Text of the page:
9 August, 2014 Bird Island
The first weekend of the month brought us the eagerly anticipated Antarctic 48-hour film festival. This annual event brings together all the bases on the continent and islands in dressing up and making fools of ourselves on camera. After having great fun recreating Star Wars last year we decided to go for a similar parody of / tribute to Lord Of The Rings.
Receiving details on the Friday of five elements (props, characters, dialogue) that we had to fit in we sat down and came up with a script and costumes.
A heavy fog hung over the island all Saturday, causing a few filming problems but adding a slightly mystic atmosphere. While Cian carried out his daily round looking for leopard seals the other three headed up to the cave to record a tense moment with Frodo and Sam. Brief but brave attempts were made to recreate the Hobbit’s barefoot style.
After returning to base to warm up, Cian and I got our chance to play at being Hobbits, meeting up with Gandalf, before we headed up the valley to run around with swords and cloaks, living out every geek’s dream of being Aragorn, Legolas and Gimli. We concluded with a monumental battle on the beach against an army of orcs (though with extras a little hard to come by it may look like one orc over and over again). We even managed to sneak in a cameo from some of the island’s winter wildlife.
Watching the films from the other bases on YouTube was great fun – a chance to see people we knew from Cambridge and others we only know from remote conversations, in places we’ll never visit. A tremendous amount of skill and enthusiasm had gone into some really great films so we were amazed and flattered (and a little bemused) to have been picked as best actors and second best film overall.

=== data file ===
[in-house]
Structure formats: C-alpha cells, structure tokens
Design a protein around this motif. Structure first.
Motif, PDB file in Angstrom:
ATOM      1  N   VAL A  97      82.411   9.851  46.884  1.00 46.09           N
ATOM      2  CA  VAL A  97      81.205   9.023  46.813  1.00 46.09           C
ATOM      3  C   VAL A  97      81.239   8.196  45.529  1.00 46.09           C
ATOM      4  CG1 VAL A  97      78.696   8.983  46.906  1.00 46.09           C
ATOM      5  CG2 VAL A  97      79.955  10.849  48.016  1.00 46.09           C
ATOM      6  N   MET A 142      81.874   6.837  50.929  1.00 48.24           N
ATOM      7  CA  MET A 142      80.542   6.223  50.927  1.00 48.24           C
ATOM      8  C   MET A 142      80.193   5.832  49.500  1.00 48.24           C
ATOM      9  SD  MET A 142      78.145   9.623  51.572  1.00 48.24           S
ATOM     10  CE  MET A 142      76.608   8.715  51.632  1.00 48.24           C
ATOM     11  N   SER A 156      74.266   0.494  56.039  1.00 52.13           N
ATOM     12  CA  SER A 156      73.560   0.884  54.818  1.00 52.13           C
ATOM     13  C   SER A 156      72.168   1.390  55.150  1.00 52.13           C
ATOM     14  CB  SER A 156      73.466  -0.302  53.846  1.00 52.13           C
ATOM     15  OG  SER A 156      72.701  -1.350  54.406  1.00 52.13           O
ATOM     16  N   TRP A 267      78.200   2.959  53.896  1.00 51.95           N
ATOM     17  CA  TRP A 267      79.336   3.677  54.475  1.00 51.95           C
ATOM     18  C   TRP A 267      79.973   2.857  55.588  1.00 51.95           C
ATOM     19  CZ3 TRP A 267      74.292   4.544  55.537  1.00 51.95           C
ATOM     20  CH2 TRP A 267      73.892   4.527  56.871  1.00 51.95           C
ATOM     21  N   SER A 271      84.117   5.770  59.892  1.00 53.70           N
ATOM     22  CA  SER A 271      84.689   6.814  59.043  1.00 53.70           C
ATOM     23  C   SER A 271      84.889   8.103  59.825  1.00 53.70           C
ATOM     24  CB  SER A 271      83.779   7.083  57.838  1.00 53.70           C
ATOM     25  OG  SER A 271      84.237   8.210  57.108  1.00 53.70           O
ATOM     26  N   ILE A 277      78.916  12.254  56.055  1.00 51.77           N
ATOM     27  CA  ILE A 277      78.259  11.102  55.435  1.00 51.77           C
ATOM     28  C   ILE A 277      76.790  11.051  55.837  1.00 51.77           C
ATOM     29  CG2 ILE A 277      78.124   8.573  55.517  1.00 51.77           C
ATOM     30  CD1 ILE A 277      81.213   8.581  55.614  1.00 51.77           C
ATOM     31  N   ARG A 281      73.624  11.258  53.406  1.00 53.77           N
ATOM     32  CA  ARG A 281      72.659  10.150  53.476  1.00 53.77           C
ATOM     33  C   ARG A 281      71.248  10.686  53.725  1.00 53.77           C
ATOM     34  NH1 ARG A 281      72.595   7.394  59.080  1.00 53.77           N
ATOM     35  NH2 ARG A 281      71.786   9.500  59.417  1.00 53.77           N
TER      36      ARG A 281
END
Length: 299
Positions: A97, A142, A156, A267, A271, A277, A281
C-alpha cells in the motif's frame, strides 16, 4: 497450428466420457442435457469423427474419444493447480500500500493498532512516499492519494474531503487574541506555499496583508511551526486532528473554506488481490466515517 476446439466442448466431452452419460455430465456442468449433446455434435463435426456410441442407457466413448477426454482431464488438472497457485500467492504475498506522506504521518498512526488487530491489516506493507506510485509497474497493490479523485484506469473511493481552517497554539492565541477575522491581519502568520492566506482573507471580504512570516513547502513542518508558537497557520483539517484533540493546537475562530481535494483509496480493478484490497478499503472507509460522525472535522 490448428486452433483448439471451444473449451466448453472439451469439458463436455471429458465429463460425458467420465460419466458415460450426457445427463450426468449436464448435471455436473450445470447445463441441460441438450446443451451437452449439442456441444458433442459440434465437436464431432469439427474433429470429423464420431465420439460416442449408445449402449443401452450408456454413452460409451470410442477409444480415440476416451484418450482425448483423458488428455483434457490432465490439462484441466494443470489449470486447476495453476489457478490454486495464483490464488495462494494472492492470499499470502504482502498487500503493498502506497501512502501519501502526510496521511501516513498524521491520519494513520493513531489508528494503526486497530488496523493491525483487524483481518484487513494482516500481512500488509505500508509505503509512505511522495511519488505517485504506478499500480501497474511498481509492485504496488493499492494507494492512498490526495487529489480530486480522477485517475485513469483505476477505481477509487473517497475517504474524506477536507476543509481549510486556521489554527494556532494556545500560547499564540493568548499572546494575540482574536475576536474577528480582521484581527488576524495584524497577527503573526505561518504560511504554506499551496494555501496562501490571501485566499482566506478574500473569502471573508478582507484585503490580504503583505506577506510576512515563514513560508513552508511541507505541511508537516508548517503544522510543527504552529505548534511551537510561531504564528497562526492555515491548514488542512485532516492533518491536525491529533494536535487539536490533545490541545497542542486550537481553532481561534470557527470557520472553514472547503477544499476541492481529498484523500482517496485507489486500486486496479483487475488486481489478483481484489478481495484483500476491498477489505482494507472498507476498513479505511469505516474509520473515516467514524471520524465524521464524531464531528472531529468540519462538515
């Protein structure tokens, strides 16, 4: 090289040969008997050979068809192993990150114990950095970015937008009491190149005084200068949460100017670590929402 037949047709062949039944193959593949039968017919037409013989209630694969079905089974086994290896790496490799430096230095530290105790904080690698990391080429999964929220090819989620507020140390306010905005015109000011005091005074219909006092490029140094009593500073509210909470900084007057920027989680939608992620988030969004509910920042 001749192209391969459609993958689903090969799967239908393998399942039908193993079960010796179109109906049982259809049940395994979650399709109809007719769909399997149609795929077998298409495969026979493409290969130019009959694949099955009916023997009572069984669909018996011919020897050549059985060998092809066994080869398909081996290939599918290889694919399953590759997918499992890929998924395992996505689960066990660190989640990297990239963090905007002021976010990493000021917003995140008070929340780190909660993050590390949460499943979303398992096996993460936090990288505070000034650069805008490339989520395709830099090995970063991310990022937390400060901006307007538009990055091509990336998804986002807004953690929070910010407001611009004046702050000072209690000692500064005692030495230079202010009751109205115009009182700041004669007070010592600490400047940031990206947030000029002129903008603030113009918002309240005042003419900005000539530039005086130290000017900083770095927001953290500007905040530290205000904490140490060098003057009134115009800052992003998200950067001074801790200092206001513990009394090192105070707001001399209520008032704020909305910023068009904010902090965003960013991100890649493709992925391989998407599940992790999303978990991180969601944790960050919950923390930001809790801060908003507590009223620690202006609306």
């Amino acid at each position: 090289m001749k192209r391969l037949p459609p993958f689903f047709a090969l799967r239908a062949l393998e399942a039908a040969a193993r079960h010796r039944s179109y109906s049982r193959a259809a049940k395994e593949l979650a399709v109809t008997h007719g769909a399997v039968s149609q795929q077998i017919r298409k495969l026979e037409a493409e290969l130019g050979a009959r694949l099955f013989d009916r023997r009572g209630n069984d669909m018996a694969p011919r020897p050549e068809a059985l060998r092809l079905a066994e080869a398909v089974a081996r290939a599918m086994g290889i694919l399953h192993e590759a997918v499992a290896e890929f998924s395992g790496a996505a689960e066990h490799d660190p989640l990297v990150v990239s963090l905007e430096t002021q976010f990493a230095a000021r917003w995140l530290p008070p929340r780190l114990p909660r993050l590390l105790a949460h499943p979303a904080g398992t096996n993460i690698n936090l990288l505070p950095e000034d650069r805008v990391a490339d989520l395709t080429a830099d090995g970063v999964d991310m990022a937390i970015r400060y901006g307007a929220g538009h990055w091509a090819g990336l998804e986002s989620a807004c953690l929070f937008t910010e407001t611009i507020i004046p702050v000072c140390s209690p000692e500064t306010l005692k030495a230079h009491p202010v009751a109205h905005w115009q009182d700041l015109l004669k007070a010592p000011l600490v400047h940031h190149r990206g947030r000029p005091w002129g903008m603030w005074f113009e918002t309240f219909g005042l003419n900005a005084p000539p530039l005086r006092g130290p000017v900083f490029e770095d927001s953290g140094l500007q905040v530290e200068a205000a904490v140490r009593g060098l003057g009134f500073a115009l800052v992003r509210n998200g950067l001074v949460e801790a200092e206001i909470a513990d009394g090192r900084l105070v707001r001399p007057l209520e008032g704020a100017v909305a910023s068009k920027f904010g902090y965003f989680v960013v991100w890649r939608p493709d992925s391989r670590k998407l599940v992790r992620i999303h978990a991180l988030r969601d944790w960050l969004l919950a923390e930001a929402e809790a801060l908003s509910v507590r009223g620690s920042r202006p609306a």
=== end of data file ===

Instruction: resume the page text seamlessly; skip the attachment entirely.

This has been by far the coldest month of the winter, with the temperature almost always below 0 and dropping to near -10C. The wind has seemed relentless at times, and yet it’s been an amazing time to be outside.
We’ve had pancake ice in the bay and frozen streams and ponds all over the island, making the watery meadows much easier to walk across, while unexpectedly waist-deep snow drifts make areas of tussac grass much harder.
One of the highlights of this was the appearance of a couple of snow petrels in the bay. Normally these pristine white birds are only glimpsed flashing past the peaks and cliffs so it was a real treat to see them spend some time feeding in the slush beside the jetty.
The big freeze led to that rarest of events on the rain-swept Bird Island; a water shortage. So while Rob got out the hoses and primed the pump I smashed a hole in the ice where we could hear water running underneath. I then smashed another hole when we found there was a limit to the hose length.
While Cian has been kept busy photographing leopard seals on his daily rounds I have been helping Jess ringing the wandering albatross chicks. It’s about six months since they hatched and they’ve spent the vast majority of that time sitting alone in their turret-like nests watching the winter pass, interrupted by weekly feeding visits from their parents. They can stand up to about waist height now and, although it’ll be another three months at least before they start to fledge, they will soon start to get bored and explore away from their nests.
Before that happens we’ll put a unique identification ring on every one of the 600+ chicks. This will enable us to identify any individual subsequently nesting or picked up elsewhere in the southern ocean and will help to build up a picture of their survival rates, dispersion and life history.
August marks the start of the new breeding season and despite the cold weather there have been signs of activity; pintail chasing each other round, sheathbills collecting nesting material, giant petrels pair-bonding and, most pleasingly of all, South Georgia pipits singing.
We’ve completed our annual reports and most of our preparations for upcoming work as we’ll soon be out every day checking on giant petrels, black-browed and grey-headed albatross. Nest-marking stakes have been cut and painted and marker tags have been cleaned and sorted. New spreadsheets and notebooks have been drawn up and we’re all raring to go.
By Jerry Gillham; zoological field assistant (penguins and petrels) & winter base commander.